Voting Rights Background for Students

Student campaigning at voter registration

Ariel Skelley / Getty Images

In any presidential election year, the months before the election afford middle and high school teachers a great opportunity to engage students in the new College, Career, and Civic Life (C3) Framework for Social Studies State Standards (C3s). These new frameworks are based around guiding students in activities so that they can see how citizens apply civic virtues and democratic principles and have the opportunity to see actual civic engagement in the democratic process.

"Principles such as equality, freedom, liberty, respect for individual rights, and deliberation [that] apply to both official institutions and informal interactions among citizens."

What Do Students Already Know About Voting in the United States?

Before launching an election unit, poll students to see what they already know about the voting process. This can be done as a KWL, or a chart that outlines what students already Know, Want to know, and what they Learned after the unit is completed. Using this outline, students can prepare to research a topic and use it to track information gathered along the way: “What do you already ‘know’ about this topic?” “What things do you ‘want’ to learn about the topic, so you can focus your research?” and “What did you ‘learn’ from doing your research?”

An Overview of KWL

This KWL begins as a brainstorming activity. This can be done individually or in groups of three to five students. Generally, five to 10 minutes individually or 10 to 15 minutes for group work is appropriate. In asking for responses, set aside enough time to hear all responses. Some questions could be (answers below):

  • How old must you be to vote?
  • What requirements are there for voting other than age?
  • When did citizens get the right to vote?
  • What are your state’s voting requirements?
  • Why do you think people vote?
  • Why do you think people choose not to vote?

Teachers should not correct the responses if they are wrong; include any conflicting or multiple responses. Review the list of responses and note any discrepancies, which will let the teacher know where more information is needed. Tell the class that they will be referring back to their responses later in this and in upcoming lessons.

History of Voting Timeline: Pre-Constitution

Inform students that the highest law of the land, the Constitution, mentioned nothing about voting qualifications at the time of its adoption. This omission left voting qualifications up to each individual state and resulted in widely varying voting qualifications.

In studying the election, students should learn the definition of the word suffrage:

Suffrage (n) the right to vote, especially in a political election.

A timeline of the history of voting rights is also helpful to share with students in explaining how the right to vote has been connected to citizenship and civil rights in America. For example:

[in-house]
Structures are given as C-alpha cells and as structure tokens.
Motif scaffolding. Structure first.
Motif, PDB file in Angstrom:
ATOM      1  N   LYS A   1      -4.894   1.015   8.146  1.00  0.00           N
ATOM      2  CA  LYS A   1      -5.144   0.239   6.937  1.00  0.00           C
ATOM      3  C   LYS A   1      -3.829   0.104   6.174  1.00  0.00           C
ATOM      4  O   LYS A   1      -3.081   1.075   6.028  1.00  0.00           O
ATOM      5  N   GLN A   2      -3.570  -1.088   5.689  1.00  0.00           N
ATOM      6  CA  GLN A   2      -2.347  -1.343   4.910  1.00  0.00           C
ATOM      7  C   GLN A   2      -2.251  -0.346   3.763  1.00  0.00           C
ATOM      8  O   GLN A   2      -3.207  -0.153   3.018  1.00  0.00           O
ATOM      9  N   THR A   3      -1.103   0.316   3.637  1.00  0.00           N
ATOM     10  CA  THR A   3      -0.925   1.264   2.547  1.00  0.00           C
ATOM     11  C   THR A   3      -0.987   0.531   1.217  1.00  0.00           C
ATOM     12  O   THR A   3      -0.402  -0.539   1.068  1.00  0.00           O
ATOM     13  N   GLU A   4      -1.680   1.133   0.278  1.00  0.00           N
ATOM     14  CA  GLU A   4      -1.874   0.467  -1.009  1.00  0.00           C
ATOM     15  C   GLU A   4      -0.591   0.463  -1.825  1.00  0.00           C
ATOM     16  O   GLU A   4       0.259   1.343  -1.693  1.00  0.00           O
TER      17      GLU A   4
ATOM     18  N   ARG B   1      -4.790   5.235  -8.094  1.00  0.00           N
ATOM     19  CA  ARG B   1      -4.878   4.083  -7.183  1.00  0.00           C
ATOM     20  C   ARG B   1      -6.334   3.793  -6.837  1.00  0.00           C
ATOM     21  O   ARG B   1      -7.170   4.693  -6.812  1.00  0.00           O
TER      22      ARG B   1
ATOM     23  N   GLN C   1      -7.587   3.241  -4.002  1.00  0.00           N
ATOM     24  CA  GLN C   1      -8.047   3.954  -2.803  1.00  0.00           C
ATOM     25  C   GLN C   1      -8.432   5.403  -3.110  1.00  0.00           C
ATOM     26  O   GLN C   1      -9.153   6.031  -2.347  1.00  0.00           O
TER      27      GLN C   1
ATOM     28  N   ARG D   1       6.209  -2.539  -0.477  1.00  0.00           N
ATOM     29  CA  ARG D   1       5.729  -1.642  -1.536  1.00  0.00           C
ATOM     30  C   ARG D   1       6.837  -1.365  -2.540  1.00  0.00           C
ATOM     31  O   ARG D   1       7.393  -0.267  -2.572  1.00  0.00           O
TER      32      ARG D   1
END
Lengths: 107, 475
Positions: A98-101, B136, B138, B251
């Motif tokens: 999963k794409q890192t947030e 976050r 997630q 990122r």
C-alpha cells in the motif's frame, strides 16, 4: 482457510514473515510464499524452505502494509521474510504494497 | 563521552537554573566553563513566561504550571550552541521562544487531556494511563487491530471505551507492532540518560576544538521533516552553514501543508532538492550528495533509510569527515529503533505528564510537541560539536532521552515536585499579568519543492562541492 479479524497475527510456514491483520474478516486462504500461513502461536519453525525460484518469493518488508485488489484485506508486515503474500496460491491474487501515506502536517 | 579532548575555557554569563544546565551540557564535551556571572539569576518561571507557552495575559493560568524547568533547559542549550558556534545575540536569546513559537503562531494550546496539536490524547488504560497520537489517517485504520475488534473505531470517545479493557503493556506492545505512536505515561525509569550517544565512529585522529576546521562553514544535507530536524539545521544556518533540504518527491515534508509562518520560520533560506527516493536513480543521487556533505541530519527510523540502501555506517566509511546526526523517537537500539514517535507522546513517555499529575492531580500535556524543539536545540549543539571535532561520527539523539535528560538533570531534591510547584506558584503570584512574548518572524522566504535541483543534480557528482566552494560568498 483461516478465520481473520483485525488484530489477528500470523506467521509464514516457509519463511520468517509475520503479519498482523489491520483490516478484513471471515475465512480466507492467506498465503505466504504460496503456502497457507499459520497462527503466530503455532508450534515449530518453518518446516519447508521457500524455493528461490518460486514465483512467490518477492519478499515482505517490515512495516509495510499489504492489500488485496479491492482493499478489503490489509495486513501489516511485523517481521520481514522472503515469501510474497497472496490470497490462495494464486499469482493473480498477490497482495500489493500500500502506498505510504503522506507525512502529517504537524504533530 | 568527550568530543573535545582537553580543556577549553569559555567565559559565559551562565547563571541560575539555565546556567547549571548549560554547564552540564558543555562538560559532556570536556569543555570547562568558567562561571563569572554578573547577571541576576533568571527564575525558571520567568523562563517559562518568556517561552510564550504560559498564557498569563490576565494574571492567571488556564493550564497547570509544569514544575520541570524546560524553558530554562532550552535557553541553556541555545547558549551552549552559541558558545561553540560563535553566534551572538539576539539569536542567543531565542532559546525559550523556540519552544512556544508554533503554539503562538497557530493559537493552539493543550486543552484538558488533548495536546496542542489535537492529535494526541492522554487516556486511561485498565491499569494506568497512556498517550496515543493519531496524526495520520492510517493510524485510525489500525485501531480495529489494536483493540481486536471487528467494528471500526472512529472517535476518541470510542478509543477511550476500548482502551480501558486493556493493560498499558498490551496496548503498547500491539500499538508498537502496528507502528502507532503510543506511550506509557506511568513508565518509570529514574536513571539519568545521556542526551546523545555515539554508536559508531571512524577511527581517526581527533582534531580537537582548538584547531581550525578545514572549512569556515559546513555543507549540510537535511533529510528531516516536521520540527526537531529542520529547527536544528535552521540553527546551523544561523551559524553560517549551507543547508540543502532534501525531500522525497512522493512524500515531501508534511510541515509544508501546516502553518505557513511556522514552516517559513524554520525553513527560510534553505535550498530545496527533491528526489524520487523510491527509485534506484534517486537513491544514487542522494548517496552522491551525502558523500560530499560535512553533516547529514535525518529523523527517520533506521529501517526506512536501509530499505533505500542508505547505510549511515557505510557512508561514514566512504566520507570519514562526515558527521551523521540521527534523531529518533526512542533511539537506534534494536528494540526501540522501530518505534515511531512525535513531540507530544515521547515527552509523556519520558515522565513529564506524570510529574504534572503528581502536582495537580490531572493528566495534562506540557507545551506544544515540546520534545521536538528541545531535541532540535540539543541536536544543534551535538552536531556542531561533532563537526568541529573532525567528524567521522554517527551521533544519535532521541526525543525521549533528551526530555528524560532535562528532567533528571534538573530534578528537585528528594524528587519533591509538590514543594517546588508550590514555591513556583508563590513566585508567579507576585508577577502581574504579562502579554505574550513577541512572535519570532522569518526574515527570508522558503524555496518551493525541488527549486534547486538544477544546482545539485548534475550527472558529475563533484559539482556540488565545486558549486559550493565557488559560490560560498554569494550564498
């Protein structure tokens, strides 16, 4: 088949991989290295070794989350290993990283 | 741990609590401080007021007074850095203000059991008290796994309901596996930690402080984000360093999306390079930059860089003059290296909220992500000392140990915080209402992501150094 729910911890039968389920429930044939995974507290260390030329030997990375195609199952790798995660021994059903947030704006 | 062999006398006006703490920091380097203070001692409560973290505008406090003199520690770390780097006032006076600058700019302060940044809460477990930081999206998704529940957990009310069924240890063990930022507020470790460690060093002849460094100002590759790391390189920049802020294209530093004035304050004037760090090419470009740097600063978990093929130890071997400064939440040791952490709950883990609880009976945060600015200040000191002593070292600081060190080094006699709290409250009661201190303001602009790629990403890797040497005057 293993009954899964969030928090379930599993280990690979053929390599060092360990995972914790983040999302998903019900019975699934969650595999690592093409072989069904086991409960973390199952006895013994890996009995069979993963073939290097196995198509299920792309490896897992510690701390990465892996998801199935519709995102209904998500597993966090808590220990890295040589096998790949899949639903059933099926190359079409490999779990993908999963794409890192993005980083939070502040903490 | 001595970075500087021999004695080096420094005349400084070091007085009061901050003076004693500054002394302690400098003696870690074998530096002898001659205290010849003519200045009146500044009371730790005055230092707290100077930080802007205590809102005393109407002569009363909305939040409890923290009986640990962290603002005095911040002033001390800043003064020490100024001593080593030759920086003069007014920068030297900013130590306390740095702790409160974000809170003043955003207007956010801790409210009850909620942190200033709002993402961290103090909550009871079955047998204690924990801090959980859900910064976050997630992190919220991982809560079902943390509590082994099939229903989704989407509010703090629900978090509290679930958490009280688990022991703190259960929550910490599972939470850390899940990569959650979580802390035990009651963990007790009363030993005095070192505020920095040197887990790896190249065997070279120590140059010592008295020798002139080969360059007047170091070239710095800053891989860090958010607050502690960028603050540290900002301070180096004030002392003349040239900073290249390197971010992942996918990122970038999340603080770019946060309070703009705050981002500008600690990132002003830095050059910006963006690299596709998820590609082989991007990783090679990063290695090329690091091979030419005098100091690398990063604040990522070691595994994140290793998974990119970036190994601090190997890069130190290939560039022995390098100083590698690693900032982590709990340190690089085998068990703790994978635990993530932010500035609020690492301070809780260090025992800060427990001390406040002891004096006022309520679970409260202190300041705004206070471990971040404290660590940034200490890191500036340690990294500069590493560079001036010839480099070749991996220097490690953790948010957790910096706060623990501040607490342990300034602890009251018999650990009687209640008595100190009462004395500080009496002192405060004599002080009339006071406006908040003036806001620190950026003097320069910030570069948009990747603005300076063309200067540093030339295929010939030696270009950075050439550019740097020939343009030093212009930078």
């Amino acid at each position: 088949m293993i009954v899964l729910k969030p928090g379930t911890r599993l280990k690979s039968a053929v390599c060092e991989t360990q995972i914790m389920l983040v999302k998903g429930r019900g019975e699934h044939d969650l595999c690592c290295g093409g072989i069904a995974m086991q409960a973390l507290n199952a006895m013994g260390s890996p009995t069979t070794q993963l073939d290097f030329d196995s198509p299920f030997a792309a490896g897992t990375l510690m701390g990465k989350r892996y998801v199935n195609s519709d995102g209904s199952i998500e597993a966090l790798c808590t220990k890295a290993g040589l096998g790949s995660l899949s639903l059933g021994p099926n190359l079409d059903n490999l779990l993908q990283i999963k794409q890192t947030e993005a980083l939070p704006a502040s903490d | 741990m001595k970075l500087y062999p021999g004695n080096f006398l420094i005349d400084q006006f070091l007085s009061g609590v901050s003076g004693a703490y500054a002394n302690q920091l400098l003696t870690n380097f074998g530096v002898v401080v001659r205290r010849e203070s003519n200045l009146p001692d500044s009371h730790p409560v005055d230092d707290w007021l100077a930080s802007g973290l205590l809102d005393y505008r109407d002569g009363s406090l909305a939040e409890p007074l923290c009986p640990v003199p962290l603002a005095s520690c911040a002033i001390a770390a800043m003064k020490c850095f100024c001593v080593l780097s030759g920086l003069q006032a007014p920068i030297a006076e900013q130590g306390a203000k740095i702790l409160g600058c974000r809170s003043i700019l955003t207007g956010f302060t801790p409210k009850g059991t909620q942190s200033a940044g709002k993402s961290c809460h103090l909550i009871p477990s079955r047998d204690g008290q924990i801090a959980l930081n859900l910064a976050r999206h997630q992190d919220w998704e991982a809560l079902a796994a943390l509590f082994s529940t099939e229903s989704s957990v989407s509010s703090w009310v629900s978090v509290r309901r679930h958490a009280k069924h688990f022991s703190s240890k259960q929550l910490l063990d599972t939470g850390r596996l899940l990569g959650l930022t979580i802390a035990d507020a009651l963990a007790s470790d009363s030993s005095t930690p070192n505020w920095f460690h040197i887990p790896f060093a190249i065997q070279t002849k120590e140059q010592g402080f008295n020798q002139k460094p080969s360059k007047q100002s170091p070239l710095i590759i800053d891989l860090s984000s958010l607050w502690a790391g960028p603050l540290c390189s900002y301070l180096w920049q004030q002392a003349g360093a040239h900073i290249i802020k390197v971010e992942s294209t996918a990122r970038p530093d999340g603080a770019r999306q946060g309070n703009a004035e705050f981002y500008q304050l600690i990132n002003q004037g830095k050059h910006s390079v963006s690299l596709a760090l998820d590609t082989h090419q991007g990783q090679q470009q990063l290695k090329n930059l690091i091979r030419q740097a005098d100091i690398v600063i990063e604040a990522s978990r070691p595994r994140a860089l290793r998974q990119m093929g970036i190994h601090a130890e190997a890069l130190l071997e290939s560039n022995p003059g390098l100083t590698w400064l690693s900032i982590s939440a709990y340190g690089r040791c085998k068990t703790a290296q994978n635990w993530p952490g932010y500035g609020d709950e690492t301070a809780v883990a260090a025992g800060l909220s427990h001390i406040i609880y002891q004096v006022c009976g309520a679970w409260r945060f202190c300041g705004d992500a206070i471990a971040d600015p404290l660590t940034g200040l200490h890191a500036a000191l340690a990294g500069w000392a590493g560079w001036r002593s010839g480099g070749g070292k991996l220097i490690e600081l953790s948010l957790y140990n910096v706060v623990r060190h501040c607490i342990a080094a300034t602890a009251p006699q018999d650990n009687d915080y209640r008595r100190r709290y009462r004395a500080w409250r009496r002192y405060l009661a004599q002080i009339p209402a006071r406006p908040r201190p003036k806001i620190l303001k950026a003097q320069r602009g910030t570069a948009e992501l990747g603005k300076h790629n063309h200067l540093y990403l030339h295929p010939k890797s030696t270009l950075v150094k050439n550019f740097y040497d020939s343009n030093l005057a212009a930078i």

• 1776: Only people who own land can vote when the Declaration of Independence was signed.
  • 1787: No federal voting standard—states decide who can vote when the U.S. Constitution is adopted.

Voting Rights Timeline: Constitutional Amendments

In preparation for any presidential election, students can review the following highlights that show how voting rights have been extended to different groups of citizens through six suffrage amendments to the Constitution:

  • 1868, 14th Amendment: Citizenship is defined and granted to formerly enslaved people, but voters are explicitly defined as male.
  • 1870, 15th Amendment: The right to vote cannot be denied by the federal or state governments based on race.
  • 1920, 19th Amendment: Women have the right to vote in both state and federal elections.
  • 1961, 23rd Amendment: Citizens of Washington, D.C. have the right to vote for U.S. president.
  • 1964, 24th Amendment: The right to vote in federal elections will not be denied for failure to pay any tax.
  • 1971, 26th Amendment: 18-year-olds are allowed to vote.

Timeline for Laws on Voting Rights

  • 1857: In the landmark case Dred Scott v. Sandford, the U.S. Supreme Court rules that “a Black man has no rights a white man is bound to respect.” African Americans are further deprived of the right to citizenship and, by extension, the right to vote.
  • 1882: Congress passes the Chinese Exclusion Act, which establishes restrictions and quotas on Chinese immigration while legally excluding Chinese persons from citizenship and voting. 
  • 1924: The Indian Citizenship Act declares all noncitizen Native Americans born in the U.S. to be citizens with the right to vote.
  • 1965: The Voting Rights Act is signed into law, prohibiting any election practice that denies the right to vote to citizens on the basis of race and forces jurisdictions with histories of voter discrimination to submit any changes to its election laws to the government for federal approval prior to taking effect.
  • 1993: The National Voter Registration Act requires states to permit mail-in registration, and make registration services available at DMVs, unemployment offices, and other state agencies.

Questions About Researching Voting Rights

Once students are familiar with the timeline of the Constitutional Amendments and the laws that provided the right to vote to different citizens, students can research the following questions:

  • What were the ways states denied certain people the right to vote?
  • Why were each of the different laws on voting rights created?
  • Why are specific Constitutional Amendments on voting necessary?